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The season for the Line at length drew near; and every day
when Ahab, coming from his cabin, cast his eyes aloft, the
vigilant helmsman would ostentatiously handle his spokes, and
the eager mariners quickly run to the braces, and would stand
there with all their eyes centrally fixed on the nailed doubloon;
impatient for the order to point the ship's prow for the equator.
In good time the order came. It was hard upon high noon;
and Ahab, seated in the bows of his high-hoisted boat, was
about taking his wonted daily observation of the sun to determine
his latitude.

Now, in that Japanese sea, the days in summer are as freshets
of effulgences. That unblinkingly vivid Japanese sun seems
the blazing focus of the glassy ocean's immeasurable burning-glass.
The sky looks lacquered; clouds there are none; the
horizon floats; and this nakedness of unrelieved radiance is as
the insufferable splendors of God's throne. Well that Ahab's


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quadrant was furnished with colored glasses, through which to
take sight of that solar fire. So, swinging his seated form to
the roll of the ship, and with his astrological-looking instrument
placed to his eye, he remained in that posture for some
moments to catch the precise instant when the sun should gain
its precise meridian. Meantime while his whole attention was
absorbed, the Parsee was kneeling beneath him on the ship's
deck, and with face thrown up like Ahab's, was eyeing the
same sun with him; only the lids of his eyes half hooded their
orbs, and his wild face was subdued to an earthly passionlessness.
At length the desired observation was taken; and with
his pencil upon his ivory leg, Ahab soon calculated what his
latitude must be at that precise instant. Then falling into a
moment's revery, he again looked up towards the sun and murmured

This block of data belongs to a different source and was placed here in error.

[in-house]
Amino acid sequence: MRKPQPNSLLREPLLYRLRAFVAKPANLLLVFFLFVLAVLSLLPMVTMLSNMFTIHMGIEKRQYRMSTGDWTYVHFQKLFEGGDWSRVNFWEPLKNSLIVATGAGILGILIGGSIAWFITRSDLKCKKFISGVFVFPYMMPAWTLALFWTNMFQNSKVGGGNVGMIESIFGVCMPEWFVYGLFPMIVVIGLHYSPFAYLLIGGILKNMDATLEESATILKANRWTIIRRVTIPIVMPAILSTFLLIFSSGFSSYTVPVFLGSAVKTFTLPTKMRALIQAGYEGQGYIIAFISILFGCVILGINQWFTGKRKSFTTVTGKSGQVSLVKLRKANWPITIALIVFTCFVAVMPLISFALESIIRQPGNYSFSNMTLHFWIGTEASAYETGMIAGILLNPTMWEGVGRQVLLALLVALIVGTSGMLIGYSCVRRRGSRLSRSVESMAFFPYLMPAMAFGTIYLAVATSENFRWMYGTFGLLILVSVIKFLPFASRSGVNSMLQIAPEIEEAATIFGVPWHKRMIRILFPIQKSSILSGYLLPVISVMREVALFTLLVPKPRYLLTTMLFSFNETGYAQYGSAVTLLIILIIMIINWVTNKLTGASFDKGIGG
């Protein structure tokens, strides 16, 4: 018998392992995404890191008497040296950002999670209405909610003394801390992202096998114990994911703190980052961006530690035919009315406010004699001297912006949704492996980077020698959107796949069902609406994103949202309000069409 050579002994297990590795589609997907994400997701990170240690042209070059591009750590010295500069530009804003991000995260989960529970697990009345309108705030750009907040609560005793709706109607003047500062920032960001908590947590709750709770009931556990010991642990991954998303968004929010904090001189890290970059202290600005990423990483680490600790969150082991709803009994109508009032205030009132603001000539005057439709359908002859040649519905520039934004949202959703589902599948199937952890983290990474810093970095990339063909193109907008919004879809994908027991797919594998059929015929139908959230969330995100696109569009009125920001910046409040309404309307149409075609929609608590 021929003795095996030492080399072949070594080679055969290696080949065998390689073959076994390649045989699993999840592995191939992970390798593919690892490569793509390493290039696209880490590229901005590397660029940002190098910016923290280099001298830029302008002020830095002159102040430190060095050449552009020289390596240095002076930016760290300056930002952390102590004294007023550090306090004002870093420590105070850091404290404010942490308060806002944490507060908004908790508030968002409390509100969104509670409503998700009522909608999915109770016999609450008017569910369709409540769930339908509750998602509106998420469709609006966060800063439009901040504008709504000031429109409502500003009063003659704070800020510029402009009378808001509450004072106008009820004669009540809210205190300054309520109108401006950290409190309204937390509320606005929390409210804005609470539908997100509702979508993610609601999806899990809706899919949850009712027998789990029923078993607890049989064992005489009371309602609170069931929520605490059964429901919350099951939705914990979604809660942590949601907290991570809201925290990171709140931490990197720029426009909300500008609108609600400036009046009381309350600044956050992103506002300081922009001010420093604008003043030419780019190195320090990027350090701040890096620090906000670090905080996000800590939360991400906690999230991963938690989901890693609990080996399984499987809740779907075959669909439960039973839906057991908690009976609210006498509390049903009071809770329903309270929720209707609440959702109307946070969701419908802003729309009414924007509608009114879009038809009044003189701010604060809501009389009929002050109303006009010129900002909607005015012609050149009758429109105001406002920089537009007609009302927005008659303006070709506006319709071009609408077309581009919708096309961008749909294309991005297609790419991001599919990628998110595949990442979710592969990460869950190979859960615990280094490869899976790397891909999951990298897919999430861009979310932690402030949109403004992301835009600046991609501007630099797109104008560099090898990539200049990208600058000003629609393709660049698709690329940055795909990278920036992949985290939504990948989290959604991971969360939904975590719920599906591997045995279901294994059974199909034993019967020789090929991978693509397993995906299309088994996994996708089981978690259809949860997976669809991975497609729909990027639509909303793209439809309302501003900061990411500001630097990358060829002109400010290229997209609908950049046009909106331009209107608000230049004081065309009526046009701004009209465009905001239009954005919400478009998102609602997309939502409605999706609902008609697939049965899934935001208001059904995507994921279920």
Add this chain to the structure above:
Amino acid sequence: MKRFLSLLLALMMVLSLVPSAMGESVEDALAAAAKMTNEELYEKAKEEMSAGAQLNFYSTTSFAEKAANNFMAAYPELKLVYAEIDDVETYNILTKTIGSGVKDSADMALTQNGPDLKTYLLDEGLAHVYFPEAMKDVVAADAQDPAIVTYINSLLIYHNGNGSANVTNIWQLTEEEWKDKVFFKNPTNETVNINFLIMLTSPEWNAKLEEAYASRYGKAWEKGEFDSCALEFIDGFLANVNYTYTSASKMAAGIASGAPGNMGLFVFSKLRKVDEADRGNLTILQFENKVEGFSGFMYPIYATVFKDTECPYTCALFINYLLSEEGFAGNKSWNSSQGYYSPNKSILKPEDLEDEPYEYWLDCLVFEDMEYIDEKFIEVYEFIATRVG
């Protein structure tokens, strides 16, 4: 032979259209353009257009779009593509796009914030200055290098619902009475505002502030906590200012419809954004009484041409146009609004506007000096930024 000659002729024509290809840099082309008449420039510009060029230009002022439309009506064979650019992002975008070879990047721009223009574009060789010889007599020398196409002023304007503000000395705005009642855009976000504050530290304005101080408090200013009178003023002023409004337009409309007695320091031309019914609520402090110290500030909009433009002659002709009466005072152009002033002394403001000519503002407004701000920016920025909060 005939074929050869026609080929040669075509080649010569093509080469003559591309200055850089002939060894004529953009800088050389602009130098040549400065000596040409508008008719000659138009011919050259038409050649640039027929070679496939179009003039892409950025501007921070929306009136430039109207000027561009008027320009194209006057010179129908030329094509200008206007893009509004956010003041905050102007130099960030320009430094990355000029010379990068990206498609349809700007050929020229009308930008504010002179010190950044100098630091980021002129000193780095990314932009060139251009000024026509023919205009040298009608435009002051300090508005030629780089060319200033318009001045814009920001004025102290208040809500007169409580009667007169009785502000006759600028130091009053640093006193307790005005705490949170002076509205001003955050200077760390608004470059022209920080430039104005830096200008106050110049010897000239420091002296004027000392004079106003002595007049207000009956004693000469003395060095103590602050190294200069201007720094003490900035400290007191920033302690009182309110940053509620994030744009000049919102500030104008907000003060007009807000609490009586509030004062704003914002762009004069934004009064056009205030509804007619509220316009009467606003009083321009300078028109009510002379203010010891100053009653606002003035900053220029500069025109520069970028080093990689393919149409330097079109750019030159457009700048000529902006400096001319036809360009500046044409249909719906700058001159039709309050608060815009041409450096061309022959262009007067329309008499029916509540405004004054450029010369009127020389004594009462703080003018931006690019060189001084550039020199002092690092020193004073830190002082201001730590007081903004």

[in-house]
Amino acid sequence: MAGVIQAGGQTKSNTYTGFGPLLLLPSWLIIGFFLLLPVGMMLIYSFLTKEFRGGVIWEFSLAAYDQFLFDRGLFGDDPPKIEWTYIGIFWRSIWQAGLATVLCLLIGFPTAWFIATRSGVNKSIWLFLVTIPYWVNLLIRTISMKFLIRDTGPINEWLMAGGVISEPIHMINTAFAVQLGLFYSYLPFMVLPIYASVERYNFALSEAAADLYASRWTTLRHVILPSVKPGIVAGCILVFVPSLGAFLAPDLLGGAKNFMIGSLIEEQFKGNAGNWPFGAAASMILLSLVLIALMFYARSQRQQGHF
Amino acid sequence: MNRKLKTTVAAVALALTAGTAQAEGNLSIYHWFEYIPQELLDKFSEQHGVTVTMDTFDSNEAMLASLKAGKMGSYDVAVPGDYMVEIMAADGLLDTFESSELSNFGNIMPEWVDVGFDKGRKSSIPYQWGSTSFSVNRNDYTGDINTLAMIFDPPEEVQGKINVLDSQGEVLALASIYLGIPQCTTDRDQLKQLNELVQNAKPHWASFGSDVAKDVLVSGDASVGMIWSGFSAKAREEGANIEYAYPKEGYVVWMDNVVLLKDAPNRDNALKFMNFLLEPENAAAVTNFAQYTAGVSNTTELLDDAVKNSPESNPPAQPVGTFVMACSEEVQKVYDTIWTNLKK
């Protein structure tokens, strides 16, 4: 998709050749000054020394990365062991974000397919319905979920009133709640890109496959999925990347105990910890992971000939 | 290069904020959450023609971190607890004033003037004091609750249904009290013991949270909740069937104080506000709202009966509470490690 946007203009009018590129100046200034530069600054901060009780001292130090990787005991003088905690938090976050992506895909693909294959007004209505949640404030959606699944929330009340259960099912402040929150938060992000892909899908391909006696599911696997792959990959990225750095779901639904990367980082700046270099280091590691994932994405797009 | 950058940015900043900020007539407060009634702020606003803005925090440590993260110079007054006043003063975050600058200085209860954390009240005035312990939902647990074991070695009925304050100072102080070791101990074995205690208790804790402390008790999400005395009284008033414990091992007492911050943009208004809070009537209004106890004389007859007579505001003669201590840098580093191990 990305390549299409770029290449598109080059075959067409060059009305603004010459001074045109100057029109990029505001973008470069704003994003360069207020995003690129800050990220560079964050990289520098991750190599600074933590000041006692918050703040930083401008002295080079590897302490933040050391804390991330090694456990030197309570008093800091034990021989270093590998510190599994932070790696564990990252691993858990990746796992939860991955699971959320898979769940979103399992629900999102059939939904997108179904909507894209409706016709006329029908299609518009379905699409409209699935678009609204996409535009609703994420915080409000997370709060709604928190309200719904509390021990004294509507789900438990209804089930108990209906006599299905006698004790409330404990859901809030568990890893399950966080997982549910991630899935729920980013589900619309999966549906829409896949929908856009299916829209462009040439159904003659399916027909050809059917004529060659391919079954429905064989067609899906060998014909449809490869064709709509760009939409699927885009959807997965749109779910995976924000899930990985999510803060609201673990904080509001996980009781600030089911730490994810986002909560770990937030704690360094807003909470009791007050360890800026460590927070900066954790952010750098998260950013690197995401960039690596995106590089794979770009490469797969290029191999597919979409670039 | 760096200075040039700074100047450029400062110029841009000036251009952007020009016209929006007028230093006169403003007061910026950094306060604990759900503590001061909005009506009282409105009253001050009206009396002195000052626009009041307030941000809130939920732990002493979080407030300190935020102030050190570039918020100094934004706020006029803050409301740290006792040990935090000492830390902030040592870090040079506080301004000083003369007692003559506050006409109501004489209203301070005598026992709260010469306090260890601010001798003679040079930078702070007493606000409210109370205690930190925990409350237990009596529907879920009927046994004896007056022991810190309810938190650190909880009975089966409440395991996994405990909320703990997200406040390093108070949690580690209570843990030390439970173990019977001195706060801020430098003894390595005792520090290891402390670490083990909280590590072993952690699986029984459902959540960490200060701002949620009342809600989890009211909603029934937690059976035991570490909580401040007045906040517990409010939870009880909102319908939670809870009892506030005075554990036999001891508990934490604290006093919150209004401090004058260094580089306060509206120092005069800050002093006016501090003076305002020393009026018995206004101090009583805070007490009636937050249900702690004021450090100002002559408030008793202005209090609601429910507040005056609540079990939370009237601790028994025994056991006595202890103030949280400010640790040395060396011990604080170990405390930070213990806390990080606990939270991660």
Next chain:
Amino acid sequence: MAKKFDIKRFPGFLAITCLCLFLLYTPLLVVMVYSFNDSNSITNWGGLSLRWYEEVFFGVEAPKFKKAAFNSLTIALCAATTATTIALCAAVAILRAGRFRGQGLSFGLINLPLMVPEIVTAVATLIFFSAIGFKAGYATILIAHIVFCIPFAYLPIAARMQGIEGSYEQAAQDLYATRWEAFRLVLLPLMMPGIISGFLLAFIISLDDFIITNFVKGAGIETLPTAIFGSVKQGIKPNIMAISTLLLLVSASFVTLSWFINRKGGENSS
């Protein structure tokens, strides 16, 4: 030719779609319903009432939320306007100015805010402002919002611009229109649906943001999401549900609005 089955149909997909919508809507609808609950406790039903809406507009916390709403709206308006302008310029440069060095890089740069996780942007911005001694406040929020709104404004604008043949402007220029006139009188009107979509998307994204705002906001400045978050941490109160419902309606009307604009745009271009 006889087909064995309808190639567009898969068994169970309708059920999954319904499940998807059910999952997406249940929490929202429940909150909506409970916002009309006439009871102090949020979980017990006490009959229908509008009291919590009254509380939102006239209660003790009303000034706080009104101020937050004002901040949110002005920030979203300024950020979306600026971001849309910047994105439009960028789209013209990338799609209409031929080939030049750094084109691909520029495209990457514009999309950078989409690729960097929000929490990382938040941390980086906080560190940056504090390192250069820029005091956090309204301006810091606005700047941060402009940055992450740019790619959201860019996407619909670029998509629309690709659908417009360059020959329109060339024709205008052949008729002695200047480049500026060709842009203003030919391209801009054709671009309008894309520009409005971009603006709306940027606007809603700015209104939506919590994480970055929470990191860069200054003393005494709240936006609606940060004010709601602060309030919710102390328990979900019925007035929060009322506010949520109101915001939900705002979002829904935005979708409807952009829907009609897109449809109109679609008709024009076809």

to himself: “Thou sea-mark! thou high and mighty Pilot!
thou tellest me truly where I am—but canst thou cast the least
hint where I shall be? Or caust thou tell where some other
thing besides me is this moment living? Where is Moby
Dick? This instant thou must be eyeing him. These eyes of
mine look into the very eye that is even now beholding him;
aye, and into the eye that is even now equally beholding the
objects on the unknown, thither side of thee, thou sun!”

Then gazing at his quadrant, and handling, one after the
other, its numerous cabalistical contrivances, he pondered again,
and muttered: “Foolish toy! babies' plaything of haughty
Admirals, and Commodores, and Captains; the world brags of
thee, of thy cunning and might; but what after all canst thou
do, but tell the poor, pitiful point, where thou thyself happenest
to be on this wide planet, and the hand that holds thee: no!
not one jot more! Thou canst not tell where one drop of
water or one grain of sand will be to-morrow noon; and yet
with thy impotence thou insultest the sun! Science! Curse
thee, thou vain toy; and cursed be all the things that cast
man's eyes aloft to that heaven, whose live vividness but


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scorches him, as these old eyes are even now scorched with thy
light, O sun! Level by nature to this earth's horizon are the
glances of man's eyes; not shot from the crown of his head, as
if God had meant him to gaze on his firmament. Curse thee,
thou quadrant!” dashing it to the deck, “no longer will I
guide my earthly way by thee; the level ship's compass, and
the level dead-reckoning, by log and by line; these shall conduct
me, and show me my place on the sea. Aye,” lighting
from the boat to the deck, “thus I trample on thee, thou paltry
thing that feebly pointest on high; thus I split and destroy

As the frantic old man thus spoke and thus trampled with
his live and dead feet, a sneering triumph that seemed meant
for Ahab, and a fatalistic despair that seemed meant for himself—these
passed over the mute, motionless Parsee's face. Unobserved
he rose and glided away; while, awestruck by the
aspect of their commander, the seamen clustered together on the
forecastle, till Ahab, troubledly pacing the deck, shouted out—
“To the braces! Up helm!—square in!”

In an instant the yards swung round; and as the ship half-wheeled
upon her heel, her three firm-seated graceful masts
erectly poised upon her long, ribbed hull, seemed as the three
Horatii pirouetting on one sufficient steed.

Standing between the knight-heads, Starbuck watched the
Pequod's tumultuous way, and Ahab's also, as he went lurching
along the deck.

“I have sat before the dense coal fire and watched it all
aglow, full of its tormented flaming life; and I have seen it wane
at last, down, down, to dumbest dust. Old man of oceans! of
all this fiery life of thine, what will at length remain but one
little heap of ashes!”

“Aye,” cried Stubb, “but sea-coal ashes—mind ye that, Mr.
Starbuck—sea-coal, not your common charcoal. Well, well; I
heard Ahab mutter, `Here some one thrusts these cards into


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these old hands of mine; swears that I must play them, and no
others.' And damn me, Ahab, but thou actest right; live in
the game, and die it!”